is a program intended to produce message digests for files,
or it can check with the output of a former run whether the message digests
are still the same (i.e. whether the files changed). Shash uses several
Since everyone can generate the message digest, it may not be
suitable for some security related applications.
Because of this, shash also supports HMAC (rfc2104), which is
a mechanism for message authentication using cryptographic hash functions.
So shash can use a key with a hash algorithm to produce hashes that can only
be verified using the same key. This way you can securely check (i.e. you are sure
that nobody can modify the mac, without beeing detected)
if files in a filesystem were altered.
This can be very usefull if you want to make sure that no executable files
or other important files in a filesystem have been altered by a virus or by an intruder.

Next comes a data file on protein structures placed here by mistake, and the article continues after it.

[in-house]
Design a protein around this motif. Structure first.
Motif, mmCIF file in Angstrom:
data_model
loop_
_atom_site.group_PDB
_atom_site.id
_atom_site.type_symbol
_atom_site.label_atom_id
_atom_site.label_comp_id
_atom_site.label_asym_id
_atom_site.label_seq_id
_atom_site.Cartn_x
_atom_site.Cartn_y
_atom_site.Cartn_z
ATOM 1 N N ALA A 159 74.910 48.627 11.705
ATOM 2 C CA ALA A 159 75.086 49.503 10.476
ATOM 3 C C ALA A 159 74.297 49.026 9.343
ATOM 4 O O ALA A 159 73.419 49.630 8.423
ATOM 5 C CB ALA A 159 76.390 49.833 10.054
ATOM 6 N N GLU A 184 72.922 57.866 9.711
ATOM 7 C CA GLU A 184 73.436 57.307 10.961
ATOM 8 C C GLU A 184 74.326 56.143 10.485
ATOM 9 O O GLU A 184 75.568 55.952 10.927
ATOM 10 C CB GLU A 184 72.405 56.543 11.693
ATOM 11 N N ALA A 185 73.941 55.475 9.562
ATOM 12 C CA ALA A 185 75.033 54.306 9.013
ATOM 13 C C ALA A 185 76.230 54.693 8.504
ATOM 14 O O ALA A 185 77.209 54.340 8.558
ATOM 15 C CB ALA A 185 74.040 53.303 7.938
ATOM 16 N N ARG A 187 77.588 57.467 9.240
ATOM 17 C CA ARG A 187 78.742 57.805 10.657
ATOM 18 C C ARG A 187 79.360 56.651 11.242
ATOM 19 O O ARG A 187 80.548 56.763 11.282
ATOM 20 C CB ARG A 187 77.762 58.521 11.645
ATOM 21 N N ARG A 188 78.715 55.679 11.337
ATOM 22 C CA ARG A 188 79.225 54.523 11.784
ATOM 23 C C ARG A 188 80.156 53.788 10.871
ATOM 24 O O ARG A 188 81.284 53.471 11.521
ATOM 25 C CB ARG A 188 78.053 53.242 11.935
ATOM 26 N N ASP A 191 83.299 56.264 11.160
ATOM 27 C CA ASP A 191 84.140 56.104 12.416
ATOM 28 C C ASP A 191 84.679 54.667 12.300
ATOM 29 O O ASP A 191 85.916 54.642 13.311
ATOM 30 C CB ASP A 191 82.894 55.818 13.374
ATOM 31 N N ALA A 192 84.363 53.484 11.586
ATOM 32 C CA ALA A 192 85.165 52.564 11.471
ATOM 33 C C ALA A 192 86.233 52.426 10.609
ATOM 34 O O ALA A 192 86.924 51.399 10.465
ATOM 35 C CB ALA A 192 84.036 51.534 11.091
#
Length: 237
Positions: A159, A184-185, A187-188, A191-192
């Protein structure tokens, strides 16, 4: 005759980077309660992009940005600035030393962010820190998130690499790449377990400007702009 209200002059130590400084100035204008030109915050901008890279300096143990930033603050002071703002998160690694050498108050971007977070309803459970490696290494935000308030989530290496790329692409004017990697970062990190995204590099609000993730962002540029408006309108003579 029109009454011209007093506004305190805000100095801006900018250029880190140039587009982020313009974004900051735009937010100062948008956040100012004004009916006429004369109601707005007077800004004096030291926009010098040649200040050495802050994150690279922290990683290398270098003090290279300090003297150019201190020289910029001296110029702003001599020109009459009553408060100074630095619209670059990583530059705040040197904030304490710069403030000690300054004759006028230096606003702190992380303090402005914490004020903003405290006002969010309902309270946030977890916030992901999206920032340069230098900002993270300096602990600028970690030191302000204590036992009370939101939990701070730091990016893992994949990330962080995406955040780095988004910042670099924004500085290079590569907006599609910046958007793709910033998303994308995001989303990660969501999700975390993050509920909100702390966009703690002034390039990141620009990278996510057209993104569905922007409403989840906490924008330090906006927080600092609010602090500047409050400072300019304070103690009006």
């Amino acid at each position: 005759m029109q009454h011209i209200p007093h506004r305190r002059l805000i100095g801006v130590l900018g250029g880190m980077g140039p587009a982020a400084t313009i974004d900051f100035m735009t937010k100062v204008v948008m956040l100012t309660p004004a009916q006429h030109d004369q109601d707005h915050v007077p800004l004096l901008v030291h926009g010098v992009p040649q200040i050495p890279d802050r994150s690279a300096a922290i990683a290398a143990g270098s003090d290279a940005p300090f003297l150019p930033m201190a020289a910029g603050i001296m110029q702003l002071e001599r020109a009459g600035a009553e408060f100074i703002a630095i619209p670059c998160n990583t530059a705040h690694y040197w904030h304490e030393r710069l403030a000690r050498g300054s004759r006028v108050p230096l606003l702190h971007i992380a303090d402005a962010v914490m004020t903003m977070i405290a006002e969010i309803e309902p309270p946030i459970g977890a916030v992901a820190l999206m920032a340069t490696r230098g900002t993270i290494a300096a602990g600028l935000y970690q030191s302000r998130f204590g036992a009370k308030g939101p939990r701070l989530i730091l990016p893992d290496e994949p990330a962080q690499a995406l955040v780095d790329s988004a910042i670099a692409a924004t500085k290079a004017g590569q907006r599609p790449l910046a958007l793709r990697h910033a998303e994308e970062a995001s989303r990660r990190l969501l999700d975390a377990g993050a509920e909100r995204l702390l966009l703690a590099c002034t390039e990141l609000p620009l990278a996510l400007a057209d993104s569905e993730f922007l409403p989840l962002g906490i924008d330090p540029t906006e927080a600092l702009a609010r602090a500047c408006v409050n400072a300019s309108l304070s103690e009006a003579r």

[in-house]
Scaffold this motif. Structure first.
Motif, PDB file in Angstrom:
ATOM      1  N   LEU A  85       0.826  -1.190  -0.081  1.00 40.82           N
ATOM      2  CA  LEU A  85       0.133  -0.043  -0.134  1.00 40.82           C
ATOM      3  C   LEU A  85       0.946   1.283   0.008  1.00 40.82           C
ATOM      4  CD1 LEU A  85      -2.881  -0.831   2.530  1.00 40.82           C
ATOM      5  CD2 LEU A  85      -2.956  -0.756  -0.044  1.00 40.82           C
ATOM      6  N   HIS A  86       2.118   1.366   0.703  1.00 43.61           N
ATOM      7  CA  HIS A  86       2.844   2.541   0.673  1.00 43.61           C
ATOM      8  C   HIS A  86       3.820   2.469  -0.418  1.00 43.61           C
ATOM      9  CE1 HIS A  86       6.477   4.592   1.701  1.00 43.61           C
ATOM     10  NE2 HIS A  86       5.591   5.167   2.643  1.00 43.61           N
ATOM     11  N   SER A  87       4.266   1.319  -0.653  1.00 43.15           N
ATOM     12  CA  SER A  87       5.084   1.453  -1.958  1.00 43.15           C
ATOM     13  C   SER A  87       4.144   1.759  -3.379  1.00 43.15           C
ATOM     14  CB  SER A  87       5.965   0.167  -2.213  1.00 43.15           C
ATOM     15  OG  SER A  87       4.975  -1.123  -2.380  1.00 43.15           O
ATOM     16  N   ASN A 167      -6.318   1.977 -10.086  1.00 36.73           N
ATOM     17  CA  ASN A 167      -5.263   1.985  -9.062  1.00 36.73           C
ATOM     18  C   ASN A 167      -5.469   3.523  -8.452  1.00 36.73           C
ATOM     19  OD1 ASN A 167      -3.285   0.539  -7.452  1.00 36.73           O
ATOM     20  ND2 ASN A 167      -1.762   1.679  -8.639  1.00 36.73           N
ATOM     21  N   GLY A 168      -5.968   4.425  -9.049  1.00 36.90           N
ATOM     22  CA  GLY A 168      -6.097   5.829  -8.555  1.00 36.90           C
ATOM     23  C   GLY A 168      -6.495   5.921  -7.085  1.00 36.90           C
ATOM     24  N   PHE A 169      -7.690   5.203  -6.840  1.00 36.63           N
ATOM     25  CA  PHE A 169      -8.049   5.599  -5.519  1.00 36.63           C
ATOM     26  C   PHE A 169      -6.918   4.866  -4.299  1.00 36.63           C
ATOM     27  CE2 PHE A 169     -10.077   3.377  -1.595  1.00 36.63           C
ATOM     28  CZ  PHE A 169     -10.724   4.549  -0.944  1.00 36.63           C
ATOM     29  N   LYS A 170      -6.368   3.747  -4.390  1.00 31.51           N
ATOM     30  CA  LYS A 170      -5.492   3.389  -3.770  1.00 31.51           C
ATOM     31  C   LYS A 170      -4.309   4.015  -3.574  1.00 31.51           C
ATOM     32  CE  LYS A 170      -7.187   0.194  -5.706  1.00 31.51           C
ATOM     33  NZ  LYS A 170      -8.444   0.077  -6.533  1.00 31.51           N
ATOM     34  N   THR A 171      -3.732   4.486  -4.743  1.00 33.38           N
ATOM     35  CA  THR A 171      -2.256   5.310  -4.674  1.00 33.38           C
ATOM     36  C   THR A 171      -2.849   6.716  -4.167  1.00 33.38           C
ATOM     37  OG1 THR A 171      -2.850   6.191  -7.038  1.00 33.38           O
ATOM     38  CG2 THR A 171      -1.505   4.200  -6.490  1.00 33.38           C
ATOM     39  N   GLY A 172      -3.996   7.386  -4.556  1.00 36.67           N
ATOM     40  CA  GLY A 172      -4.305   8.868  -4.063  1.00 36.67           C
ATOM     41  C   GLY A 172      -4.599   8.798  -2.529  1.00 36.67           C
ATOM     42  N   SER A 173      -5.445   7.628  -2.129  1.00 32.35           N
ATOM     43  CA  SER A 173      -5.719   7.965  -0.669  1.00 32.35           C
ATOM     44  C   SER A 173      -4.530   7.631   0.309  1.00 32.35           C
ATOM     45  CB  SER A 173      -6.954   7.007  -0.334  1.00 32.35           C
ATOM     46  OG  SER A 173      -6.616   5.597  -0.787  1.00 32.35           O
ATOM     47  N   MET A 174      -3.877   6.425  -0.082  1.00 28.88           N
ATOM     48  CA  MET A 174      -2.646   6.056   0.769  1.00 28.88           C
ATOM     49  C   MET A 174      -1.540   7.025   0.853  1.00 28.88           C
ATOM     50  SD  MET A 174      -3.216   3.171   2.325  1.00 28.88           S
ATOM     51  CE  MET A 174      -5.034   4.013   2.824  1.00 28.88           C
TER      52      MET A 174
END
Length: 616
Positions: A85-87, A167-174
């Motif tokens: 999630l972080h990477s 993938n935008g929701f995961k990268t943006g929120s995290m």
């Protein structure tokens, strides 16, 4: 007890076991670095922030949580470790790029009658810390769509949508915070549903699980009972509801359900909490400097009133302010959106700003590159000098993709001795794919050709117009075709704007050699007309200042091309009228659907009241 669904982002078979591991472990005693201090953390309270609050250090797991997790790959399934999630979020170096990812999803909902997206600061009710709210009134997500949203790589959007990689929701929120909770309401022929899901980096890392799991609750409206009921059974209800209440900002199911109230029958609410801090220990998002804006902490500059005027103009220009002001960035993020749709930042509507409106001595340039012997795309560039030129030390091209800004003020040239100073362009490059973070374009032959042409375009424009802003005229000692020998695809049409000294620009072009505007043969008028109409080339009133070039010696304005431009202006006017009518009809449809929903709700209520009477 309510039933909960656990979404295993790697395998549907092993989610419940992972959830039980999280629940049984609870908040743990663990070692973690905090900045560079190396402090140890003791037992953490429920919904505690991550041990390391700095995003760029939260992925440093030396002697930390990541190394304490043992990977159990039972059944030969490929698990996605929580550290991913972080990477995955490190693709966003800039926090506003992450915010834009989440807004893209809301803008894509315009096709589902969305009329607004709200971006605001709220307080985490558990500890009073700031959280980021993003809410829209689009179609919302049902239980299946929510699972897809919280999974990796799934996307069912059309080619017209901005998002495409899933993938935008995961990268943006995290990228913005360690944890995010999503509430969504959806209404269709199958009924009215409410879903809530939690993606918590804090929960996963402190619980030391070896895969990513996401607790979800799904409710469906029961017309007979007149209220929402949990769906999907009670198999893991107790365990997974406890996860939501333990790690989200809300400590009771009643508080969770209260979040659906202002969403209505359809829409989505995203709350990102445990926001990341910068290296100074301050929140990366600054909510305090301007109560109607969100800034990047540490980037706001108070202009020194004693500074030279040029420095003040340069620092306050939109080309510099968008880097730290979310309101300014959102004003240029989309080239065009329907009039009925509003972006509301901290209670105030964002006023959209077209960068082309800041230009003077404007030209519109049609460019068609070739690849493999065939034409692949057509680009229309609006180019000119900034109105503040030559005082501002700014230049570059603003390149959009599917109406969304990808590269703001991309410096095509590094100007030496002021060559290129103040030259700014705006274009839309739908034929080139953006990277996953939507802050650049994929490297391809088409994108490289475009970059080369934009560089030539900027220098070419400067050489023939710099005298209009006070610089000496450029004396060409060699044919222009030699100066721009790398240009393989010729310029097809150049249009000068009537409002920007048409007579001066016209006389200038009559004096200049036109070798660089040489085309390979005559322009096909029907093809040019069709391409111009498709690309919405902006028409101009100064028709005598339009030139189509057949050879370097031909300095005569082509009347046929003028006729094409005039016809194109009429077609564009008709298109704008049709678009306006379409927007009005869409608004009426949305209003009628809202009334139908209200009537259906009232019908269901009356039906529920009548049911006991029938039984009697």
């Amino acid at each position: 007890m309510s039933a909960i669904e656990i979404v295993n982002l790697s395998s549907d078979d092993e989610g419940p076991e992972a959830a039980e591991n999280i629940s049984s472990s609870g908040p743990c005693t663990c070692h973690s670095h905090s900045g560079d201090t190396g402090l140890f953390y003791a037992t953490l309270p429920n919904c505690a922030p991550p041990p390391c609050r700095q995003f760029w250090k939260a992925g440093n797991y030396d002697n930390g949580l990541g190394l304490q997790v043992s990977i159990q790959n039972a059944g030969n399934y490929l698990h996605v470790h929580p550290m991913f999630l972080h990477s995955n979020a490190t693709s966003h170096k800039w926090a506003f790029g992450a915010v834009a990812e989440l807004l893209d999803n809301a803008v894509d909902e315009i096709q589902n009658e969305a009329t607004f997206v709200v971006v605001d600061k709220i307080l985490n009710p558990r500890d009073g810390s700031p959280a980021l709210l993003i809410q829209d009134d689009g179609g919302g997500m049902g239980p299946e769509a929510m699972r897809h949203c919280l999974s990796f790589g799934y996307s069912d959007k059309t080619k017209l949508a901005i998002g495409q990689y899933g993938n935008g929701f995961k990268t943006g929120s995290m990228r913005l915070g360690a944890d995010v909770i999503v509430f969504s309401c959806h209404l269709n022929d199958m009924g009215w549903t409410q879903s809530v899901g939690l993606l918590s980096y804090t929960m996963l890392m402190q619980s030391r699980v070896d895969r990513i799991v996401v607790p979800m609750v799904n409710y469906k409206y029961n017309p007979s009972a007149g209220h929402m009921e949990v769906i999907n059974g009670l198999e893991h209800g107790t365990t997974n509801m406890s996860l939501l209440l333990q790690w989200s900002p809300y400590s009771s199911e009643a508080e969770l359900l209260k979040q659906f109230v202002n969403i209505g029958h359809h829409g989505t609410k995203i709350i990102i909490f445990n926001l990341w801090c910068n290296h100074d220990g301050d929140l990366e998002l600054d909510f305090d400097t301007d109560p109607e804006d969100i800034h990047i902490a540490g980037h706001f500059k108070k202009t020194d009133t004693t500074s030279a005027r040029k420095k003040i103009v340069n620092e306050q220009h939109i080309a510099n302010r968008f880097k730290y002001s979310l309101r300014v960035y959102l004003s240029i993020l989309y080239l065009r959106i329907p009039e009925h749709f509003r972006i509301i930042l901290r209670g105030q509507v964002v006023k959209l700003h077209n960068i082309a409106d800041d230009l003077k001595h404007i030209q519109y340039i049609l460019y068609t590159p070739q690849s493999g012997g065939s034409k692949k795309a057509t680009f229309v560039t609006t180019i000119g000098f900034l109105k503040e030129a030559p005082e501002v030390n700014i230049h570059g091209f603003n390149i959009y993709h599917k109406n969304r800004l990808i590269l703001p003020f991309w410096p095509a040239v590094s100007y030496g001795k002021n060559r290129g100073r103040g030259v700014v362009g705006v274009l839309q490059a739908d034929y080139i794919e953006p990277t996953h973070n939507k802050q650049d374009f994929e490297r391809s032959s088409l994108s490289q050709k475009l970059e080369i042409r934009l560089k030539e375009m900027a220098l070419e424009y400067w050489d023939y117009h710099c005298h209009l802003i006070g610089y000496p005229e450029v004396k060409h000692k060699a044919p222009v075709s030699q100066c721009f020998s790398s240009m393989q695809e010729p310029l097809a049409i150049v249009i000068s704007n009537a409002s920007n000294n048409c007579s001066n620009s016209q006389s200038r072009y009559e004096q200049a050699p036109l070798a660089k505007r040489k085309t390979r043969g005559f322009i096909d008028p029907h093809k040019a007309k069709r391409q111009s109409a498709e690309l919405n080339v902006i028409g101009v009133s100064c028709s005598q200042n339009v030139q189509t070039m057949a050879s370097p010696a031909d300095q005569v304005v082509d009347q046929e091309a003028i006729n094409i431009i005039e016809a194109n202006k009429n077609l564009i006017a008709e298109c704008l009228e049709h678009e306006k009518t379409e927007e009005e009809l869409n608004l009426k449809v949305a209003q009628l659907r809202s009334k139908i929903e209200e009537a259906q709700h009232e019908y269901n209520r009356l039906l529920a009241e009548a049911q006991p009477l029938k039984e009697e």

The manpage of shash is at shash.1
Shash is based on libmhash (see below), a library by Sascha Schumann and me.
Shash is Free Software.
Here you can download shash
You can browse the cvs repository using a web interface,
or by using the traditional(!) tools.
To access the repository enter the following commands:
$ cvs -d :pserver:firstname.lastname@example.org:/var/cvs/mcrypt login
Password: (enter password anonymous)
$ cvs -d :pserver:email@example.com:/var/cvs/mcrypt co shash
To update your checkout, change into the shash directory and execute:
$ cvs update -dP
To compile the cvs, run first the buildconf script. It needs the
programs: autoconf, automake and libtool. All these programs can be found at
the nearest GNU mirror.
The author of shash is Nikos Mavroyanopoulos.